STEVE INSKEEP, host:
Now, the man who became a celebrity for the way that he raised and lowered interest rates is our next guest. On Friday we talk about money, and today we talk with Alan Greenspan, who presided over the start of a housing bubble that has turned into a credit mess that is affecting the old economy.
As that bubble gained speed, the Fed lowered short-term rates as low as one percent, and some say that fueled the bubble. This week, Greenspan defended himself, first in a column in the Wall Street Journal, and then when he dropped by our studios.
Mr. ALAN GREENSPAN (Former Federal Reserve Chairman): The problem is not explaining myself. The problem is getting a focus on how to look at the world's economy more appropriately. Certain things are happening in the world which are affecting central banks, have affected central banks, essentially because of the extraordinary forces of globalization that arose subsequent to the end of the Soviet Union.
INSKEEP: Well, let me stop you for a second because there is a simpler version of this story that is sometimes told. Alan Greenspan lowered interest rates, fueled a housing bubble, and got us in the lot of the trouble we're in right now. What's wrong about that analysis from your point of view?
Mr. GREENSPAN: It doesn't coincide with the facts. First of all, we've had housing bubbles in two dozen or more countries around the world, all of which look almost identical to ours. And the reason why we've had these bubbles everywhere is everybody's long-term rates have gone down, and that in turn I trace back to the extraordinary events that occurred when central planning became an obviously inefficient way to operate an economy.
INSKEEP: You're talking about the collapse of the Soviet Union and related events in the early '90s.
Mr. GREENSPAN: Exactly. And in fact that we are seeing global forces dominating long-term interest rates is getting ever more obvious.
INSKEEP: I suppose we should remind people that if you're the Federal Reserve chairman, you don't directly control long term interest rates that a bank would give on a 30 year mortgage. What you've got to control is a short term interest rate, which may influence that long term interest rate.
Mr. GREENSPAN: Correct. And what we found in 2004 when we started to tighten the market quite considerably and had expected as a bonus that we would get a rise in mortgage interest rates, we didn't. And we concluded that the monetary forces that were arising in the world globally had become so overwhelming relative to the resources of central banks that we had effectively lost control of long-term interest rates and the forces directing higher prices in homes.
INSKEEP: Do you believe that there was nothing that you could have done that could have prevented the housing bubble or could have brought it down a little more gently?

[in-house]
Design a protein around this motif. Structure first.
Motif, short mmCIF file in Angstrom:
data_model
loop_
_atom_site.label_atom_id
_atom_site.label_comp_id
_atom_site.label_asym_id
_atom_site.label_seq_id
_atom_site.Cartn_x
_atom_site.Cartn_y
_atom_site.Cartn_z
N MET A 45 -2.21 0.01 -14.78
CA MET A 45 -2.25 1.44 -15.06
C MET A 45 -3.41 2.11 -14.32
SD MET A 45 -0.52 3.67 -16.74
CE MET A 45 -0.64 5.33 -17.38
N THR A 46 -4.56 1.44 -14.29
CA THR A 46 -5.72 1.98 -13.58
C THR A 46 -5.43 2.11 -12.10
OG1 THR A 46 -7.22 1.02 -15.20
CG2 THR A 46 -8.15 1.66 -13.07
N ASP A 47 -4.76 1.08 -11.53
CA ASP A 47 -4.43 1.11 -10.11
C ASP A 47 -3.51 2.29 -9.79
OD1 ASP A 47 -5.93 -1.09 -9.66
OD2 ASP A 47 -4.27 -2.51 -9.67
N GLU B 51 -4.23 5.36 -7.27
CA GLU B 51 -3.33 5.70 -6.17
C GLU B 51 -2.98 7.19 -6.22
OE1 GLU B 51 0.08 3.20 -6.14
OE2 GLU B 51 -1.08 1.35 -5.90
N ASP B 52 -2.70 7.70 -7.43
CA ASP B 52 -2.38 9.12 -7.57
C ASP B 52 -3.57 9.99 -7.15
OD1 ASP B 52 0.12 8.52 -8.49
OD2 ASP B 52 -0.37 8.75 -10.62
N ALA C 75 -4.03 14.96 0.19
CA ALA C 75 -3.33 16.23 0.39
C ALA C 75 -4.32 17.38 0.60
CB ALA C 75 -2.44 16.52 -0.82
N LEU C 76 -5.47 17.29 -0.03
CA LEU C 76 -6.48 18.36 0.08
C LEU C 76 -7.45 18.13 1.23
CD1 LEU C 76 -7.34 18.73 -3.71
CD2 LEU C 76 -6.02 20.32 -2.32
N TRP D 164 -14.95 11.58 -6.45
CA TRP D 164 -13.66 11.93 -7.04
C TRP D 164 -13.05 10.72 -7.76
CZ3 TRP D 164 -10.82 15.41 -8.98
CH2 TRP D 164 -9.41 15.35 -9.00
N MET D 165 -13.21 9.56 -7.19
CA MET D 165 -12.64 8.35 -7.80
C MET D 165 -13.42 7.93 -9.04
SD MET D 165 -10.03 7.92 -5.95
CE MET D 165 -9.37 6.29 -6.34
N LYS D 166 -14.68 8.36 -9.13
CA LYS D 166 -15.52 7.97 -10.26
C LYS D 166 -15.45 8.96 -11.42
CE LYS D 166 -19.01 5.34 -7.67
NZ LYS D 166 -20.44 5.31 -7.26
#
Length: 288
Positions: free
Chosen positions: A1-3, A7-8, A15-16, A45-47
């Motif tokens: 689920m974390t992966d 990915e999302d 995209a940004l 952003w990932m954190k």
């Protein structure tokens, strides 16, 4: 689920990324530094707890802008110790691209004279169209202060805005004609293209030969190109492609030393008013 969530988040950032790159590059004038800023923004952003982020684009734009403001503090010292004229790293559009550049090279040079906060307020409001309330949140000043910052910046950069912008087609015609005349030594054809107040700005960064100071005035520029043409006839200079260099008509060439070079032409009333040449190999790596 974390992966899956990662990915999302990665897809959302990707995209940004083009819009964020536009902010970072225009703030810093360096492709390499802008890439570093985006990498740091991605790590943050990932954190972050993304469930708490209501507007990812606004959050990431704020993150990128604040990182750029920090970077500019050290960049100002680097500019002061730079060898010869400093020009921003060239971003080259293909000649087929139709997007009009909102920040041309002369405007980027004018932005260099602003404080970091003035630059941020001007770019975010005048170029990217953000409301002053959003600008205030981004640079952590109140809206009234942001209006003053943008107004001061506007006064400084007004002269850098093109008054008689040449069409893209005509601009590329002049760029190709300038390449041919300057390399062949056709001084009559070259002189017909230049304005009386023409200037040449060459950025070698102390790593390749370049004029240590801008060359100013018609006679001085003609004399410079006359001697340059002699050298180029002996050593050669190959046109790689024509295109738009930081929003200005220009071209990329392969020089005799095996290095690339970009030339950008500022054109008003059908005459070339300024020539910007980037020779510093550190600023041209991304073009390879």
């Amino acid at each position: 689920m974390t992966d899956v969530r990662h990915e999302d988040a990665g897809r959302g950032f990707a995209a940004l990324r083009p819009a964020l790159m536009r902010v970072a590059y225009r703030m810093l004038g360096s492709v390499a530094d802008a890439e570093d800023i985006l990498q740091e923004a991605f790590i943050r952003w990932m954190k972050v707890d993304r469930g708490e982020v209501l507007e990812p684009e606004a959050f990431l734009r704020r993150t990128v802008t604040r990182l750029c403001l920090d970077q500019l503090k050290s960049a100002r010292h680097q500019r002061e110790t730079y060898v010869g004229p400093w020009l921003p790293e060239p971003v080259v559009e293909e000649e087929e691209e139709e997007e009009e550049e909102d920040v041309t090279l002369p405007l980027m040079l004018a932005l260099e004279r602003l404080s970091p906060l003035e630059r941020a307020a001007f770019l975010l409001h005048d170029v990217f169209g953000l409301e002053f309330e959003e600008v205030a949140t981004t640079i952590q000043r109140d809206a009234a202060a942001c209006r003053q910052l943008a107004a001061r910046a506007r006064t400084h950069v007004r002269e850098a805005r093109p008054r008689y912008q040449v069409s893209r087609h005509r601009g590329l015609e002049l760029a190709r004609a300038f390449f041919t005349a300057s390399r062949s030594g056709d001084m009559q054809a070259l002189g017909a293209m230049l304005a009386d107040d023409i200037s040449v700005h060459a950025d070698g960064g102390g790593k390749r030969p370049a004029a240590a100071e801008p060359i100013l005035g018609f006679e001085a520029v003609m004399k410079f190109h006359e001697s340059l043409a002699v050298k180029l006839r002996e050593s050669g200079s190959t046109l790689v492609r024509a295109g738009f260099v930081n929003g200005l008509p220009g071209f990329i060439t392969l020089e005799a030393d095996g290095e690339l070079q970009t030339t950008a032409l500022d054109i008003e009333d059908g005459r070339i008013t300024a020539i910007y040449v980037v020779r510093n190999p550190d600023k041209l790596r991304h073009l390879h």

Mr. GREENSPAN: In the United States?
Mr. GREENSPAN: There's only one thing we could have done: cutting off short term credit. But that would have broken the back of the economy and brought the housing boom down.
INSKEEP: If you'd jumped interest rates up to 10 percent or...
Mr. GREENSPAN: If it weren't ten percent, we'll go to 40 percent, and if not that, 80 percent. Short of that, the evidence is very clear that there was nothing that any central bank could have done or tried to do, because they realized the fact that they couldn't.
INSKEEP: Does that mean that a hard landing, which we seem to be experiencing now, was inevitable?
Mr. GREENSPAN: It was inevitable in one sense. When you get a type of euphoria building in an economy, you're dealing with the innate aspects of human nature. And I've watched bubbles inflate and deflate for 60 years. I'm pretty much convinced that we will never be able, by monetary or fiscal policy or government actions, short of disabling the economy and undermining those bubbles. Eventually this has to diffuse itself.
INSKEEP: But is it more than housing that you're thinking about here? You're thinking about...
Mr. GREENSPAN: Oh, no, no. At the moment it's a housing deflation, and it's all over the world. I mean, it's starting in Spain, in Britain and a whole series of other countries for the same reasons. And this was clearly going to be impacting the economies of the world.
Mr. GREENSPAN: It's too soon to say, but the odds are clearly rising.
INSKEEP: Is there a statistic that causes you to think the odds are rising, or a particular behavior?
Mr. GREENSPAN: Oh yes, oh sure. The slowdown in the rate of economic growth were getting close to stall speed, and we are far more vulnerable at levels where growth is so slow than we would be otherwise. And indeed if somebody who has an immune system which is not working very well is subject to all sorts of diseases, and the economy at this level of growth is subject to all sorts of potential shocks.
INSKEEP: Alan Greenspan, thanks for coming by.
Mr. GREENSPAN: It's been my pleasure.
INSKEEP: Alan Greenspan is former chairman of the Federal Reserve. He's the author of the recently released book "The Age of Turbulence." And you can hear more of our conversation at the end of this year when he's part of our series of conversations we call The Long View. There's also more Alan Greenspan at the Web site, npr.org.
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